A recent short article in Scientific American by North Carolina native Scott Huler outlines the latest loony southern denial of science.

In the face of forecasts that Atlantic Ocean levels will rise by more than three feet before the end of the century, a group of 20 legislators from coastal counties in North Carolina have introduced a bill in the State House of Representatives that would make measurements of anything more than incremental changes in sea level against the law.

“We’ve got resorts to build and we don’t care what the rest of the ocean does—our sea isn’t going to rise by more than 15.6 inches,” writes Huler. “Because otherwise it’s against the law.”

The full, contorted explanation of the bizarre law—“mental gymnastics” is the term used by a Bible scholar I quote in Better Off Without ’Em to describe the way fundamental southerners justify their medieval decrees—is outlined in the article.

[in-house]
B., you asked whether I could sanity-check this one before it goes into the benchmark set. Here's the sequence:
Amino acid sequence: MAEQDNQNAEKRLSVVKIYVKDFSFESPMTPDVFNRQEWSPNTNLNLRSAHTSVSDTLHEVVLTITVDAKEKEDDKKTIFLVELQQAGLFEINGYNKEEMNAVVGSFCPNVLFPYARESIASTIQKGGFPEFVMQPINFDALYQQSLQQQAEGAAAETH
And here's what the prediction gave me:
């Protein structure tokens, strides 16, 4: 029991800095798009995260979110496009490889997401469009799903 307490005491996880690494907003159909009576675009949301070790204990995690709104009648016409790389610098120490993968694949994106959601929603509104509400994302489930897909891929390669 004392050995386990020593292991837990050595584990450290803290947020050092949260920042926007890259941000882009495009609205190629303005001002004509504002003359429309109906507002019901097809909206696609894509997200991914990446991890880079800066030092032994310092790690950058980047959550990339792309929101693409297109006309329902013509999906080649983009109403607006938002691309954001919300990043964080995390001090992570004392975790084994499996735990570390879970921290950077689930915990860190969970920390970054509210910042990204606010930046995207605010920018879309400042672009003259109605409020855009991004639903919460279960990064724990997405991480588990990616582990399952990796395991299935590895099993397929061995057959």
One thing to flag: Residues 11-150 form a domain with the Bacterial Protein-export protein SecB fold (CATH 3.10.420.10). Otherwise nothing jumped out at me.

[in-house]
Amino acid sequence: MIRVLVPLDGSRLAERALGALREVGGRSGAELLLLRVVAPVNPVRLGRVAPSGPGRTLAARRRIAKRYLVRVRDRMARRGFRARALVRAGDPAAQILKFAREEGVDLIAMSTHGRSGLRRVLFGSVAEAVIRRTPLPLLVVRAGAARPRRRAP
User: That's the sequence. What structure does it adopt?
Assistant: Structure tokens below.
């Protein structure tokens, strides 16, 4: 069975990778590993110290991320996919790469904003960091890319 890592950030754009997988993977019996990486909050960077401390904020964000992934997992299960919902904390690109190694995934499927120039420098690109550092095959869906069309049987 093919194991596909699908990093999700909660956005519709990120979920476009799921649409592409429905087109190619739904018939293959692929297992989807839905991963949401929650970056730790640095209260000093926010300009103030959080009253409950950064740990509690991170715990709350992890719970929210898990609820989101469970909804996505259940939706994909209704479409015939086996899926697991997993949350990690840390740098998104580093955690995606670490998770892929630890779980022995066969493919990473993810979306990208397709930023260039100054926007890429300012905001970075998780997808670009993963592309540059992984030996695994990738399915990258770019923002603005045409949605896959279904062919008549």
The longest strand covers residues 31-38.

Huler stretches a bit to tie the proposed legal limitation on sea levels (goddamn Atlantic Ocean!) to the state’s recent constitutional amendment banning gay marriage. (Goddamn gays!) Not that I should talk—I managed to shoehorn a mini Survivor rant into a recent blog post of my own about southern schools.

Mostly, though, the article is both a typically funny and typically depressing piece about a part of the country where, when weighing the pros and cons of policy issues, the people and their elected officials often as not, as Huler notes, bury their heads in the swamp muck and allow ignorance and wishful thinking to hold sway over things like scientific evidence and basic observation of reality.

The article is linked above and also here.